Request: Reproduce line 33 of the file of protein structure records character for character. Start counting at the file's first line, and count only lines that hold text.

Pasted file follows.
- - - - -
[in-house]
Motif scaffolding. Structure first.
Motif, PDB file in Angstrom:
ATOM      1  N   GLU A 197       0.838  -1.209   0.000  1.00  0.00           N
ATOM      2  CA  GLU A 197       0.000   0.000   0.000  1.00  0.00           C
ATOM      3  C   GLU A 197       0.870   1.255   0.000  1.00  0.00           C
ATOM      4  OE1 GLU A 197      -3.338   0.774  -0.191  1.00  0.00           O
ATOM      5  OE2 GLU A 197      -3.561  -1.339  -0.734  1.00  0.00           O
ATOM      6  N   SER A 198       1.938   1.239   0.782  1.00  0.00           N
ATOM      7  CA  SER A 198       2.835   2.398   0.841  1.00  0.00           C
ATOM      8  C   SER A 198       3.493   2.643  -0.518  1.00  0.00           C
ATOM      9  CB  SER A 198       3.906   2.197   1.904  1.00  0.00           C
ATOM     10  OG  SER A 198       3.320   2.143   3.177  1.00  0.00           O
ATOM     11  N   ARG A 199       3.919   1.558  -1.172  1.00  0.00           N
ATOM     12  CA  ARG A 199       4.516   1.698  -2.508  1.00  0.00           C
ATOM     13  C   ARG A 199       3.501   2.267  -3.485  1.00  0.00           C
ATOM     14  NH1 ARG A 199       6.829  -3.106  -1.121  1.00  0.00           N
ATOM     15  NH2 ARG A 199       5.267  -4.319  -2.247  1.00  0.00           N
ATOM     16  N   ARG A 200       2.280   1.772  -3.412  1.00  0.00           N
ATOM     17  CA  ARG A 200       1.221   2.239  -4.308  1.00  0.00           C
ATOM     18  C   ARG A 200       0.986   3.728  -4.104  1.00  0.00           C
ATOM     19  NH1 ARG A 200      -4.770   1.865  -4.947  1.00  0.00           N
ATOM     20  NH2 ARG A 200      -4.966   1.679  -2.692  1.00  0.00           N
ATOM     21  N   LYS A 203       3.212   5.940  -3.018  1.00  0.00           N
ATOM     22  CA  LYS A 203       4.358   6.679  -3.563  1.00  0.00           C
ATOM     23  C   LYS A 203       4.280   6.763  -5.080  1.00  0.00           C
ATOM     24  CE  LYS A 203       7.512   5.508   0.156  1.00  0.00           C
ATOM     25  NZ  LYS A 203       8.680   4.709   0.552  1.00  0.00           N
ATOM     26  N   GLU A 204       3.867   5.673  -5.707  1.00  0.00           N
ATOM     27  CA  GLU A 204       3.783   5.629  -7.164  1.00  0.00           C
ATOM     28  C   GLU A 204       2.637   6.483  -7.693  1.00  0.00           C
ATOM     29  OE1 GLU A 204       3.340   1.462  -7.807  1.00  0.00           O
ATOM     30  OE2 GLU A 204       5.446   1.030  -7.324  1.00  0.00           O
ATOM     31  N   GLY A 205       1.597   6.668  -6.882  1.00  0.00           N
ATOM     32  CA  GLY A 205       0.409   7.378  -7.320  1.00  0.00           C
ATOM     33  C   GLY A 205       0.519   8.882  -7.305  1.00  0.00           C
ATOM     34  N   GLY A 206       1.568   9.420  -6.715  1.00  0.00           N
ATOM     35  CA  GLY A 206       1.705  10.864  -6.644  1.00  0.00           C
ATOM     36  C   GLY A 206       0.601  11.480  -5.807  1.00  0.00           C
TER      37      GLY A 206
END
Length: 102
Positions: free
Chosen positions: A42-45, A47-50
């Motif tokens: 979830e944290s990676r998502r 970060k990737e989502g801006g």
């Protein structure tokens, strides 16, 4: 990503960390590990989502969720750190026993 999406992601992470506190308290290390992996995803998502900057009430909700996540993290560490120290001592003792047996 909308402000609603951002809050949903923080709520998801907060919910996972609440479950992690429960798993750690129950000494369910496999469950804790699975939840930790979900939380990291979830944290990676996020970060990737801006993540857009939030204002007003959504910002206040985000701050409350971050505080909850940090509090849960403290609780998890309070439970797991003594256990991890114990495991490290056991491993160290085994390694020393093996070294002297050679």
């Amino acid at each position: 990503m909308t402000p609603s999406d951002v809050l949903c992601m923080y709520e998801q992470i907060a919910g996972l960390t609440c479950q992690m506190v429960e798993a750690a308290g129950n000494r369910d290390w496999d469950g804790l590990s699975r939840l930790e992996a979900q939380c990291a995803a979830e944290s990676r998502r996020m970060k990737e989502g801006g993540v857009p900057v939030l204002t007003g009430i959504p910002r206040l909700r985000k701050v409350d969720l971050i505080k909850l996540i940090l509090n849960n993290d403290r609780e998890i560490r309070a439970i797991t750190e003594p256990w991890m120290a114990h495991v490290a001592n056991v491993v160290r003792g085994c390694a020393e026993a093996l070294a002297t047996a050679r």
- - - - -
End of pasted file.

ATOM     30  OE2 GLU A 204       5.446   1.030  -7.324  1.00  0.00           O